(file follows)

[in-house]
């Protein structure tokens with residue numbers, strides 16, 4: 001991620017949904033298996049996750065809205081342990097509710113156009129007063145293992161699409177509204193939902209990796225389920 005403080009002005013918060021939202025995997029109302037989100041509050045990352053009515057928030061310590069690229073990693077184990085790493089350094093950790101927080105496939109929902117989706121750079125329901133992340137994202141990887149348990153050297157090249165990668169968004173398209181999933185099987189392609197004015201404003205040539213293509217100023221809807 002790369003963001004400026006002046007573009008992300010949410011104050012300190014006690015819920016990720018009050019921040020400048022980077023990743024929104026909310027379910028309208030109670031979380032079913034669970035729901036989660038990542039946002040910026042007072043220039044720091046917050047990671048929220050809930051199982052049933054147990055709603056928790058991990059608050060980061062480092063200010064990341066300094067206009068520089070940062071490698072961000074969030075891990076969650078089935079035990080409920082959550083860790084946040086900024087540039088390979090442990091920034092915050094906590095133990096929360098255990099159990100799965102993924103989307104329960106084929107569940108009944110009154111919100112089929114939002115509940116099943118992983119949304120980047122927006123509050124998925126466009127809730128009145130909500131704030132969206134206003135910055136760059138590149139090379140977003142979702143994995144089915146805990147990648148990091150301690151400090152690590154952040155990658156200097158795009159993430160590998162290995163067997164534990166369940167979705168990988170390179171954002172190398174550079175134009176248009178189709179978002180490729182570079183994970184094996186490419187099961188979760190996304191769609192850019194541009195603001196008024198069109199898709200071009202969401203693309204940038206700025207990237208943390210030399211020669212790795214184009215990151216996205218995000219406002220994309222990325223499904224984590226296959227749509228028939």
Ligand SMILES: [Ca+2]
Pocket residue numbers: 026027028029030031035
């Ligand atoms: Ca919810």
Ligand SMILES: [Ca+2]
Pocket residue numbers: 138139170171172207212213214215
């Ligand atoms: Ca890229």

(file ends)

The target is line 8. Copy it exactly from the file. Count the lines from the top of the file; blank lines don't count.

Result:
């Ligand atoms: Ca890229």